A Tribute to Keith Wayne


Keith Wayne as Tom in NOTLD




In the wake of Wes Craven dying, the 20th anniversary of Keith Wayne’s death is likely to get overshadowed.  I’d like to take a few paragraphs to honor Keith today, as he played a role in NIGHT OF THE LIVING DEAD becoming a classic.


As with some of the cast, Keith enjoyed his only screen role in George Romero’s first film.  His character, Tom, tries to balance the personalities of Ben and Harry, which is no easy feat.  Keith plays the character as a kind young man, compassionate to Harry and the Coopers, despite how harsh Harry is on him at times.  His character is pivotal in one of the film’s major turning points, as he, his girlfriend Judy and Ben try to gas up the pickup truck so they can all escape.


Wayne’s performance is suitable for what Romero asks of him.  He was a good looking, All American type young man, and functions as part of the romantic couple trapped in the farmhouse.  One funny trait is how much he blinks, as Wayne brought up on the Laserdisc commentary with some of the cast.  Tom gets overshadowed by Duane Jones, who brings a much more nuanced performance to Ben;  and by Karl Hardman, who does a lot of yelling as Harry.


As for Keith’s personal life, there’s not much to go on.  Romero’s said in several places that he was a dancer and band leader, and his obituary talks about how he went on to a career as a chiropractor in the 1980s.  Sadly, his death was ruled a suicide.  He died at age 50.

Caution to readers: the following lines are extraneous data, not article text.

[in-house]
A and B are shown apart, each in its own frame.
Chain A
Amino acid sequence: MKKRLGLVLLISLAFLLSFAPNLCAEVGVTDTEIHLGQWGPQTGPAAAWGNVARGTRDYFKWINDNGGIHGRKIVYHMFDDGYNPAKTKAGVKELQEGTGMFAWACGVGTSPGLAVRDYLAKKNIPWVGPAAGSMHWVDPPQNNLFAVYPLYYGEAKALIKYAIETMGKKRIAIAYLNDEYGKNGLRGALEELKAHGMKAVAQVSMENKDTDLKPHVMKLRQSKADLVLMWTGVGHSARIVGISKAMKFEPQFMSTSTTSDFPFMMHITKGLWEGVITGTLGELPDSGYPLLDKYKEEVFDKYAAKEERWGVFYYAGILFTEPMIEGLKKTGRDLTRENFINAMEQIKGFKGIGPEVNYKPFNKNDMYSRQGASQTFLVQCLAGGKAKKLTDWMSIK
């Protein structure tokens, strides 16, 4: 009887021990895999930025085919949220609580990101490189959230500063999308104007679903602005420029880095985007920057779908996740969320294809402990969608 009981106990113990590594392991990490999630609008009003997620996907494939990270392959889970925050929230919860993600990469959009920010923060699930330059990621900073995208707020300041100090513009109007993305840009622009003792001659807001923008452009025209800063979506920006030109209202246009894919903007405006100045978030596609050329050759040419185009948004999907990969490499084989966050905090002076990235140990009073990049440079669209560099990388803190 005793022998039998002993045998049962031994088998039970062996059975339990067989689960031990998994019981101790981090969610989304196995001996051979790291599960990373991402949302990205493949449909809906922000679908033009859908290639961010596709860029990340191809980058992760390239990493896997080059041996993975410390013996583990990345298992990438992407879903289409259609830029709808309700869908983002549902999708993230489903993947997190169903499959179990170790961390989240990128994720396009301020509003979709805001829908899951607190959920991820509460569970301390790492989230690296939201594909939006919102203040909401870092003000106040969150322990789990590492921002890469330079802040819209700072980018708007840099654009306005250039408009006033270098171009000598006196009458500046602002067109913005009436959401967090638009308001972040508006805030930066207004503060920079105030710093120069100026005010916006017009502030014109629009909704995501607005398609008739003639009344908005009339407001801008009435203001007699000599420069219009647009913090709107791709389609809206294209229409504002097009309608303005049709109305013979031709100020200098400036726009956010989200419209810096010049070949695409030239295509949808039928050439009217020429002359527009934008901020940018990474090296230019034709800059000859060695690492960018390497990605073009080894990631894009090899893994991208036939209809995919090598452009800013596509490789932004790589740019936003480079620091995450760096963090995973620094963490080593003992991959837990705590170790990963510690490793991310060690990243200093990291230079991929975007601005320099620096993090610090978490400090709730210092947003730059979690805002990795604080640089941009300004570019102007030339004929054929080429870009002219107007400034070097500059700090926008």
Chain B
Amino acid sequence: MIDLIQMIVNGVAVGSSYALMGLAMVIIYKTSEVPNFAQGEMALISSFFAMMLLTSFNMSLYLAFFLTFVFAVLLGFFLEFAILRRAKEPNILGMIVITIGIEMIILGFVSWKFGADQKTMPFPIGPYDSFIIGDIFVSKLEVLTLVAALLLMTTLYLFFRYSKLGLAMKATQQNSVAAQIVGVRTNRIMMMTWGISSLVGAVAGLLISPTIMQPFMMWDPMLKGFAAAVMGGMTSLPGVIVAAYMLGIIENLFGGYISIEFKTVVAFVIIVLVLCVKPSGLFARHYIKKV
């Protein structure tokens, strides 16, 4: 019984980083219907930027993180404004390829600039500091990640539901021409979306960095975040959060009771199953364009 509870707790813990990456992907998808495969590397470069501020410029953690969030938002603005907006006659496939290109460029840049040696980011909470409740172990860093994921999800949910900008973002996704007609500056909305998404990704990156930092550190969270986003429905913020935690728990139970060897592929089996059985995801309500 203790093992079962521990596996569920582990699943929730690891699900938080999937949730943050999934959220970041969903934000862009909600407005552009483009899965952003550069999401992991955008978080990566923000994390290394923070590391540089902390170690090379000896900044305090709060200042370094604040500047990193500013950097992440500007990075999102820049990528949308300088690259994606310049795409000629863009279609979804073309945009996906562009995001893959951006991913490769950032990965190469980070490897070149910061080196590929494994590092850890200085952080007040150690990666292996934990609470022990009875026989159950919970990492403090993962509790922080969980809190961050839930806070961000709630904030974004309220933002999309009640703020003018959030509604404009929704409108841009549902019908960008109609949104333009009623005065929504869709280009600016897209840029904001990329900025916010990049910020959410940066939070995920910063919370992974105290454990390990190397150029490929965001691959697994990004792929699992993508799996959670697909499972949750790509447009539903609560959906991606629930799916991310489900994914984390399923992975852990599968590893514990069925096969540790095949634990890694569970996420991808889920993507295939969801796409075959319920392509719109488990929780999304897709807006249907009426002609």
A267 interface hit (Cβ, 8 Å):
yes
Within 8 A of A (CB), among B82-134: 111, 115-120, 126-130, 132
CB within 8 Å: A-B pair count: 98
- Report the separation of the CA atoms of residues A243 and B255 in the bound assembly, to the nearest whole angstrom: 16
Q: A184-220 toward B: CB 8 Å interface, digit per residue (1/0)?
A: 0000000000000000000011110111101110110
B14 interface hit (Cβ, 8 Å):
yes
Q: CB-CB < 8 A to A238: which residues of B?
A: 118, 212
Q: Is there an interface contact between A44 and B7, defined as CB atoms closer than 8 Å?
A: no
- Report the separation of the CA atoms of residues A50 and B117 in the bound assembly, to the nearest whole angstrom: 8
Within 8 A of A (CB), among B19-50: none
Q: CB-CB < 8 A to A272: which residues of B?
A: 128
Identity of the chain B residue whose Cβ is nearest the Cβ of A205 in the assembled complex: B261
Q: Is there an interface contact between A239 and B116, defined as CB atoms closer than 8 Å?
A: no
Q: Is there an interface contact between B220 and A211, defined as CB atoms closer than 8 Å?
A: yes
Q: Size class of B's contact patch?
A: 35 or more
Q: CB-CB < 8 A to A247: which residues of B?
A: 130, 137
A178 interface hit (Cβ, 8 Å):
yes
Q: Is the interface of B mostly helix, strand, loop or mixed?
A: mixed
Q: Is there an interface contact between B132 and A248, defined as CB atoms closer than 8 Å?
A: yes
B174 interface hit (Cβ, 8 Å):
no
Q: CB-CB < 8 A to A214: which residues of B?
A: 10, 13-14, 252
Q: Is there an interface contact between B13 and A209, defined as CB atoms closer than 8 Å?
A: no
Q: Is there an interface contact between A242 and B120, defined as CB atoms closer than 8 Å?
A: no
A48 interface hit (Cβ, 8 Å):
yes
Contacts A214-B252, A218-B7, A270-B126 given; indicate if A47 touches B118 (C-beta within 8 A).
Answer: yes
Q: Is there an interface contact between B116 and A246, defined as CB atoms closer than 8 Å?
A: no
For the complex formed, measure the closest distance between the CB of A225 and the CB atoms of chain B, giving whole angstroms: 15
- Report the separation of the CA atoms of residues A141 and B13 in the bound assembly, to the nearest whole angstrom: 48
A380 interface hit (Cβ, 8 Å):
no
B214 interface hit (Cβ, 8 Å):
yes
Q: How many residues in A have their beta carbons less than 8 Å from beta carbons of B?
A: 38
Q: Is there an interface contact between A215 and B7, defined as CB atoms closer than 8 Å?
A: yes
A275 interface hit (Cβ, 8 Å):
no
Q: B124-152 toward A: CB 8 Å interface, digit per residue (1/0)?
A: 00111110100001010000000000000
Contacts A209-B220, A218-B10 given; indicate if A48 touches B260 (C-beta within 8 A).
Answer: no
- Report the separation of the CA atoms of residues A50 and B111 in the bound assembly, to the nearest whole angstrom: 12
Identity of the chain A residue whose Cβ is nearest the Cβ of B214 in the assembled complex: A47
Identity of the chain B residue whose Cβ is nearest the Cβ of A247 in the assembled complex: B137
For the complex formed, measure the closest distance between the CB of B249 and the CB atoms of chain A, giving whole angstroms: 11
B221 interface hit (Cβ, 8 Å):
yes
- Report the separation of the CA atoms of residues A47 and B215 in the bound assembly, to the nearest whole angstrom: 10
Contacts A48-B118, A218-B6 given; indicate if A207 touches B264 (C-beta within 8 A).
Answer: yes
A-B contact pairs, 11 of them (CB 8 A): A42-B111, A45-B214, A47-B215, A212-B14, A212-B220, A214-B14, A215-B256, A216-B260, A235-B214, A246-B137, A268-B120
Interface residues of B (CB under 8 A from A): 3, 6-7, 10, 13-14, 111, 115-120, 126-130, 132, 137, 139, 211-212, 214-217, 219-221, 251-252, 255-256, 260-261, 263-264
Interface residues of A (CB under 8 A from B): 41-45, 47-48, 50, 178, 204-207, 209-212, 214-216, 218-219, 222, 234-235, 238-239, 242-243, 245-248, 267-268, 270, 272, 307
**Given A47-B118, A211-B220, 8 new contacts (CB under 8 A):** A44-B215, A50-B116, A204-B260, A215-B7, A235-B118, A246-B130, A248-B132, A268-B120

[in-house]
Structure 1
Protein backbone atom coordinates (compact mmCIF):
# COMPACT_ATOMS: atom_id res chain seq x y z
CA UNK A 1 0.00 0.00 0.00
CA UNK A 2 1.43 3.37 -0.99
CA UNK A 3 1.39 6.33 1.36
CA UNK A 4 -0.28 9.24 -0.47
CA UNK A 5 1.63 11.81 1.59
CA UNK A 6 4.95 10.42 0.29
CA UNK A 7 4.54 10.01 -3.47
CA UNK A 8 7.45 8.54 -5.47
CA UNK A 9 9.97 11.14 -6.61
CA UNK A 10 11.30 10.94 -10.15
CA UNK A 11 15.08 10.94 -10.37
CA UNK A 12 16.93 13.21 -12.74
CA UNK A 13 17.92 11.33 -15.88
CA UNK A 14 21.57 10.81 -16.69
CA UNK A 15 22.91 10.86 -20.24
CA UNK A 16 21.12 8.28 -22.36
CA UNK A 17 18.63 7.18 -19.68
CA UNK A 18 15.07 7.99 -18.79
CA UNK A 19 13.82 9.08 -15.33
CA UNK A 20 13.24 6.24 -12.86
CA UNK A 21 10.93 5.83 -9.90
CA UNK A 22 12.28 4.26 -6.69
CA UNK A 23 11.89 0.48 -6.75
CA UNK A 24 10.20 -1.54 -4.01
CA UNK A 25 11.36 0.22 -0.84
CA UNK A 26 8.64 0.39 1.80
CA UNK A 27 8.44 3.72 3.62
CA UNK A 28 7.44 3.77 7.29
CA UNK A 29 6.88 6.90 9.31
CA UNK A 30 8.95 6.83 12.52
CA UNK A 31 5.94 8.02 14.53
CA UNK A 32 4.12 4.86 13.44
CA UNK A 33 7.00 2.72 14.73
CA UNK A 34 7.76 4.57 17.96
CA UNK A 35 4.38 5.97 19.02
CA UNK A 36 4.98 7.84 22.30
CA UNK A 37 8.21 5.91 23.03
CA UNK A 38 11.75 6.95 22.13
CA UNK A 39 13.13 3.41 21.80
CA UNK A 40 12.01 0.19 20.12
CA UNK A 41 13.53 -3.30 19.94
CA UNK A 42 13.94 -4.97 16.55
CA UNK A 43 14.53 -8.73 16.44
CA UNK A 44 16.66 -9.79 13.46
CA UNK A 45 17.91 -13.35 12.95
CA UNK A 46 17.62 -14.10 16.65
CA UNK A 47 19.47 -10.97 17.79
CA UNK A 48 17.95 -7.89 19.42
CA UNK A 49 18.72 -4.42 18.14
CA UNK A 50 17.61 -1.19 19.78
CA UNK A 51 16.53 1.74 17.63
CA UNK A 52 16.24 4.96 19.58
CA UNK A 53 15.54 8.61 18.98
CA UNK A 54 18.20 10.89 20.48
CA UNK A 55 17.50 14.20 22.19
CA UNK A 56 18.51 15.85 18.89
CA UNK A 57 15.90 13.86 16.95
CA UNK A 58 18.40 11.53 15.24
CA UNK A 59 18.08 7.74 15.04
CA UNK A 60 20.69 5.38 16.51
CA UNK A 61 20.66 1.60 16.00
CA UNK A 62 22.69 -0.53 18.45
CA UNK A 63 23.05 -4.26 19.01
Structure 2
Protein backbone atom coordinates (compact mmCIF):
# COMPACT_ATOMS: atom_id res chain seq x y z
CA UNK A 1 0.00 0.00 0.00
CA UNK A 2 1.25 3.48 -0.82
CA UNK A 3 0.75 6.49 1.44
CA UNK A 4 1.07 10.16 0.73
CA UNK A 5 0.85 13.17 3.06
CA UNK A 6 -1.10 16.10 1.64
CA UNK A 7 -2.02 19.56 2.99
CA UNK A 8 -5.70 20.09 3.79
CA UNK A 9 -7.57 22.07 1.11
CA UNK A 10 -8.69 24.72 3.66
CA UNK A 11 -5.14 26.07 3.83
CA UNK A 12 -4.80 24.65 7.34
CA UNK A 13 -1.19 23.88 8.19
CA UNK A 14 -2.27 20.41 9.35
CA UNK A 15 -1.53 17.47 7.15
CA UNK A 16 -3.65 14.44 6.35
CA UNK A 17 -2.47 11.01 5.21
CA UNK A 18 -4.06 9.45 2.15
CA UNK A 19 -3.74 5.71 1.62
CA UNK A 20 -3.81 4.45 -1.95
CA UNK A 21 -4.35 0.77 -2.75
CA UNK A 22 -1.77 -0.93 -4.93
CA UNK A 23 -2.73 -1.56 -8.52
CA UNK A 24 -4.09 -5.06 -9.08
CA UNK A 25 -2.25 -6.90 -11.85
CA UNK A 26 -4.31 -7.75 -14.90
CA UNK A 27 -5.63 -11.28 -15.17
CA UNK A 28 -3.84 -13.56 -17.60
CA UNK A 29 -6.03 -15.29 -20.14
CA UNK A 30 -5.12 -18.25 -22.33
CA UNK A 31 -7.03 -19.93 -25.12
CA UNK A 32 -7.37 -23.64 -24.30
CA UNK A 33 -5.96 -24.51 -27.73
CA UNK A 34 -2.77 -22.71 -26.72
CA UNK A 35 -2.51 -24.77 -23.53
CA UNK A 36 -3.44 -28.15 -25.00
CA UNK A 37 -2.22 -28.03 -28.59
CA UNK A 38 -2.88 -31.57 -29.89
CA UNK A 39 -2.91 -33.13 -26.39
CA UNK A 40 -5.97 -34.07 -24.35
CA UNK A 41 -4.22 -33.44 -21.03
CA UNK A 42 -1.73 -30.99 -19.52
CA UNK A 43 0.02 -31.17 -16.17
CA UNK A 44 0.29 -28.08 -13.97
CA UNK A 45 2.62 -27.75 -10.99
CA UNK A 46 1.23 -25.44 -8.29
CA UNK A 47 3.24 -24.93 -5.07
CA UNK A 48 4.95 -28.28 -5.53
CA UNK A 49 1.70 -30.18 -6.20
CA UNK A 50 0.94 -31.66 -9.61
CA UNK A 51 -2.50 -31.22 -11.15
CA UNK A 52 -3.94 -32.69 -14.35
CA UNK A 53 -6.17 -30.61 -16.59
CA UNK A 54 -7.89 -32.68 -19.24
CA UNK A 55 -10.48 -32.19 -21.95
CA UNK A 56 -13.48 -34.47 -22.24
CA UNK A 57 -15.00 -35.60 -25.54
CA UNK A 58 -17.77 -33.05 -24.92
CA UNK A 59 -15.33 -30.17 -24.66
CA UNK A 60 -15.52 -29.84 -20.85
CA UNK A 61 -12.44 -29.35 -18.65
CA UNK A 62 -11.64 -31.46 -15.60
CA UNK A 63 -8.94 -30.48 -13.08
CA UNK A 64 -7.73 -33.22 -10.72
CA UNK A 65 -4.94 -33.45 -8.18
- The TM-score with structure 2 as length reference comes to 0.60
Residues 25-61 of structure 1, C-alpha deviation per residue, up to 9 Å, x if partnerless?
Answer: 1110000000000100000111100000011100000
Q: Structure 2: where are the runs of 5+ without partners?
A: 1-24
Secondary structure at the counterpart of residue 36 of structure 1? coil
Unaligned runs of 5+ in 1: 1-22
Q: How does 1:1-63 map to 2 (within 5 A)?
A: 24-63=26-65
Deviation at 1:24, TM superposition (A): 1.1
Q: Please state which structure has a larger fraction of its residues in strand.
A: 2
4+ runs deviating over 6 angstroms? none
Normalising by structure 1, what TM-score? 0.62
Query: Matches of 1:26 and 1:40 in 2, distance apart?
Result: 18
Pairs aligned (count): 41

Much like one of Romero’s zombies, Keith Wayne lives on through his role as Tom.  He took part in the Zombie Jamboree and met fans back in 1993, and I’m sure they treasure the items he signed for them and the opportunity to meet him.  That was long before I started going to cons, so I missed out on him.  It would have been nice to thank him for his part in NIGHT OF THE LIVING DEAD, a movie that means so much to me personally.


Rest in Peace, Keith.


-Phil Fasso



Special thanks to Lawrence DeVincentz for his help in writing this tribute.


A reprint of Keith’s obituary,  for those who are interested, below.  All rights belong to the Journal of the American Chiropractic Association.



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